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bode

Trace Elliot Boxer 15 fuse

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The original 'kettle' lead for my little Boxer 15 amp has gone missing after the other half decided that she didn't want all my music stuff cluttering up the living room. 😁 

What fuse should I be using in the plug, 3A or 13A?

Thanks! 

Edited by bode

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The amp itself will have a suitably sized fuse to protect it. I can't remember what fuse values are available in the UK. You can try the 3A and if it fails the 13A will be fine.

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I'd be surprised if you could  blow a 3A fuse but I am unfamiliar with UK codes.

As I remember you guys don't have fuses on the wires in the wall or if you do they aren't considered safe? All the appliances have to be individually fused to protect the house wiring from starting a fire.

3A fuses may be an additional safety net. Most things don't get through that but if they do it's about to be on fire and not blowing a main fuse until too late.

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Cheers, my hunch was that a 3A would do it. I should have a dozen of these leads lying about in work...but none for tonight's little Friday night beer and bass 'me time'.

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10 hours ago, Downunderwonder said:

 

As I remember you guys don't have fuses on the wires in the wall or if you do they aren't considered safe? 

 

its called a fuse box,,and yes its considered safe ,,,,,

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There's some logic to fusing the cord. For example, assume that the breaker for the branch circuit that the outlet is on is 10A. Assume that a device plugged in to that outlet is uses a lead that's rated for 5A. A fault in the device or its lead could pull more than 5A, enough to  perhaps start a fire, without tripping the breaker.

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6 hours ago, Downunderwonder said:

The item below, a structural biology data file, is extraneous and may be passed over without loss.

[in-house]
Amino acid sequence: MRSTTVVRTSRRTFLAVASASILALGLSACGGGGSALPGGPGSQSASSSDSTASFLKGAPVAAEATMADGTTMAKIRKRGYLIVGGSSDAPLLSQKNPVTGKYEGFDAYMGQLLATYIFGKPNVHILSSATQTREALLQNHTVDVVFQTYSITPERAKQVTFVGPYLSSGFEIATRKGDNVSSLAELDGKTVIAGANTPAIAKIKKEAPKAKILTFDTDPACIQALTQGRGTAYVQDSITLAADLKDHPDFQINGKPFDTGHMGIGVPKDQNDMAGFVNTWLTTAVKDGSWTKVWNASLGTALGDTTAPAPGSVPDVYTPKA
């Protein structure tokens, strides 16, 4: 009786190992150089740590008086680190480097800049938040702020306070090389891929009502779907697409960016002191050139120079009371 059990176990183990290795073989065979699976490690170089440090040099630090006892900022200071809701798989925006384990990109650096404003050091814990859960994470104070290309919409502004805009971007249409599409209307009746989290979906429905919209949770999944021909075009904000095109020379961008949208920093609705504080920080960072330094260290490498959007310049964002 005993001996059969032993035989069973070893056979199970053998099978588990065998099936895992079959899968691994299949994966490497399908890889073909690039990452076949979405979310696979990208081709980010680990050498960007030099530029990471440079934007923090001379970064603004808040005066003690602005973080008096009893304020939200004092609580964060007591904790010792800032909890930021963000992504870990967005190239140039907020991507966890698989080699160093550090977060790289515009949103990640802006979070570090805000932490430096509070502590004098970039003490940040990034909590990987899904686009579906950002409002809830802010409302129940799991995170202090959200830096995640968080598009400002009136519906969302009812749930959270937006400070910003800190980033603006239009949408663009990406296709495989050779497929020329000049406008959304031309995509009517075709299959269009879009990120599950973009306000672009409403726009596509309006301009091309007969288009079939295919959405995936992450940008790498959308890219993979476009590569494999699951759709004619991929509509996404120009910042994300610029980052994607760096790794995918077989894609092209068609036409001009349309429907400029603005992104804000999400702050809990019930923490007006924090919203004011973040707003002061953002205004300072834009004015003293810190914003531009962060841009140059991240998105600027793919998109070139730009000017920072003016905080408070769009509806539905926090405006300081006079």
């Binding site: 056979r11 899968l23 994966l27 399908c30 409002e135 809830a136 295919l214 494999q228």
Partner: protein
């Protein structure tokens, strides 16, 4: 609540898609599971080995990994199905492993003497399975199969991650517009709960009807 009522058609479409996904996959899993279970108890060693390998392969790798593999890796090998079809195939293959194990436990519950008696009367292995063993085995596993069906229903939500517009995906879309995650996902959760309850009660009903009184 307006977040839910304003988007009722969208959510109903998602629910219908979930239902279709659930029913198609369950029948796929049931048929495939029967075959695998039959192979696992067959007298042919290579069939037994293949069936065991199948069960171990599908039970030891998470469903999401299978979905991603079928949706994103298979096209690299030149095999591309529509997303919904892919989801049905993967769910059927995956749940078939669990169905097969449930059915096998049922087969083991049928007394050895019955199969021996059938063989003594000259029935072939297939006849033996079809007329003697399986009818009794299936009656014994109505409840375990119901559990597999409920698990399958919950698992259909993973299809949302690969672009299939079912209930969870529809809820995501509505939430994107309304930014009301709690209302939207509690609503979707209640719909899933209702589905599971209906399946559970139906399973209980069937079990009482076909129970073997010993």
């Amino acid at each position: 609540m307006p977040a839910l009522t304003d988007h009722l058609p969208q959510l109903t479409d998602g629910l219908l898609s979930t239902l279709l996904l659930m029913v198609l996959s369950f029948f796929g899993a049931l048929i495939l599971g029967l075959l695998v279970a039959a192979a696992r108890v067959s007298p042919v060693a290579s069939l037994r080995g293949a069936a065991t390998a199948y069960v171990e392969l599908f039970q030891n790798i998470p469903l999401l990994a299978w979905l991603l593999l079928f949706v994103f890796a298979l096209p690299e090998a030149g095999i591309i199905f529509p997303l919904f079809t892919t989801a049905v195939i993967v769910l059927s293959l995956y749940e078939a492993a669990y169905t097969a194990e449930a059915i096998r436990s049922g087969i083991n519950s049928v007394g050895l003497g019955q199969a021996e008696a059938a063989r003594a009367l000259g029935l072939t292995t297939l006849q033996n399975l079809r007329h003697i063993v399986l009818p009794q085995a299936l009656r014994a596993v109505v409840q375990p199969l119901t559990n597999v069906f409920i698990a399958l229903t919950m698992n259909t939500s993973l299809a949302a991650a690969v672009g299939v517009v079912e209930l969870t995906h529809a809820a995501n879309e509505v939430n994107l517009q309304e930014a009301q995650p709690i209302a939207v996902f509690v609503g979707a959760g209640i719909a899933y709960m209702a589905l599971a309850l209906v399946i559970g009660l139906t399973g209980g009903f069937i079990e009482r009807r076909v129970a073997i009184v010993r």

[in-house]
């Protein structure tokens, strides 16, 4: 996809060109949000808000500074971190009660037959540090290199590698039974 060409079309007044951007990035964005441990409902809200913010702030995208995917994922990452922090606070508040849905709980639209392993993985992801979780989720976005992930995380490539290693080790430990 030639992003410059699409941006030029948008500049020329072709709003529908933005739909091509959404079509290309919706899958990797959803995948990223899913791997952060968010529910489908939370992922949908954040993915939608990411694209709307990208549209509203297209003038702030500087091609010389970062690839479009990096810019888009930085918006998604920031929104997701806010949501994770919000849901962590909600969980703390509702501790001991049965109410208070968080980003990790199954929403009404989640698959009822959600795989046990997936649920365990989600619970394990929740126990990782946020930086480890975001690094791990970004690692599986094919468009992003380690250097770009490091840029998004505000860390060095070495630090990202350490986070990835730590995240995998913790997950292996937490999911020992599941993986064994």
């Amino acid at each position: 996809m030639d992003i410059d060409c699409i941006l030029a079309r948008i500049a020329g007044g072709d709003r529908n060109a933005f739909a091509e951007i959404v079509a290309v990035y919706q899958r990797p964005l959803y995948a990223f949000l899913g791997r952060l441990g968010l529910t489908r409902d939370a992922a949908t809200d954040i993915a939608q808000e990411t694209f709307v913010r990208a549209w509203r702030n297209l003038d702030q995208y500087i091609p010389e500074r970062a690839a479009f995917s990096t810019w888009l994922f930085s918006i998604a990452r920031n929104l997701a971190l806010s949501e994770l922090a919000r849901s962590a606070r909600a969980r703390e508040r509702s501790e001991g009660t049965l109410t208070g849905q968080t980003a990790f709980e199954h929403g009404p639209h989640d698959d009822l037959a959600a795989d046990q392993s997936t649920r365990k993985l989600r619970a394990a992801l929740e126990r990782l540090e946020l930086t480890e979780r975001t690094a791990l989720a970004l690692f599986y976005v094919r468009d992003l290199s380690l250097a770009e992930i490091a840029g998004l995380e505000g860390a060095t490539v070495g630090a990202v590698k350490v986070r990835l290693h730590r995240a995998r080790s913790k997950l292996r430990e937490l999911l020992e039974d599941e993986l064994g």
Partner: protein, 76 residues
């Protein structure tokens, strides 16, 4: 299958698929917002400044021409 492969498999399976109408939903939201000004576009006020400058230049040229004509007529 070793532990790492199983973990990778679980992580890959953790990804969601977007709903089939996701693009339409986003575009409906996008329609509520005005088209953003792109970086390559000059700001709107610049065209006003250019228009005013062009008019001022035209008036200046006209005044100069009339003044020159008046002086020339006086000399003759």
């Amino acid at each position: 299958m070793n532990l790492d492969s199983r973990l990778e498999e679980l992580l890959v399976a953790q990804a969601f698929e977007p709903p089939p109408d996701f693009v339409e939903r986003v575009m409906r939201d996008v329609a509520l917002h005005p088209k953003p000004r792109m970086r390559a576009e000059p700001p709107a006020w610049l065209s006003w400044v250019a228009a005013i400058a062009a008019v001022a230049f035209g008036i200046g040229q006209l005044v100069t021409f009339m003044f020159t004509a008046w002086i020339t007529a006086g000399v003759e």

What is the reason for plugs having their own fuses?

When the fuse blows, it disconnects the current and prevents overheating and an electrical fire...from memory.

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That appears to be a ground fault circuit interrupter, GFCI for short. https://simple.wikipedia.org/wiki/Residual-current_device

In the US they're usually built into the wall socket, where they've been a code requirement in kitchens, bathrooms, basements and outdoors for at least 20 years. They're often built into hairdryer leads as well, in the event they're used near a bathroom sink with an old outlet that's not GFCI protected.

 

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I already explained it. It's the same as having a 1000 amp breaker at the nearest breakout transformer, followed by a 100 amp breaker on the service entrance, followed by ten amp breakers at the individual branch circuits. It adds one more layer of redundancy. For whatever reason the UK decided that extra layer of protection was warranted, while most of the rest of the world did not. I guess it's like wearing both a belt and suspenders, you halve the likelihood of your pants falling down. 😉

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Does the Amp in question have an internal fuse with a holder on the back panel. 

That will have a rating.

Aim for one of a slightly higher rating than this. 

Example;

My Trace had a 3.15A internal fuse.

I used a 5A fuse in the plug. 

Reason; Trace used a new design of transformer/power supply that was more current- hungry at switch on. It blew fuses again and again. I contacted them and upon their advice moved to a 3.15A spiral-wound slow-blow fuse in the internal holder and a 5A in the plug as it kept doing the 3A ones there as well.

As BFM says, belt and braces, but a pain in the a$$.

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If memory serves me, it HAS been a long time, the UK uses a ring main system. Each branch circuit goes from the breaker loops to the sockets and finally goes back to the breaker. Current flow goes each way from the breaker to the device plugged into the socket. The local fuse in the plug protects what is between the plug and the device. 

Edited by BassmanPaul

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The UK often uses a different type of branch circuit than we do in the states. 

A ring type branch circuit is fed from both ends and even if fused at 10A at each end will result in 20A @240V under a fault condition. The fuse in the plug body is the additional protection for a fault occurring beyond the receptacle.

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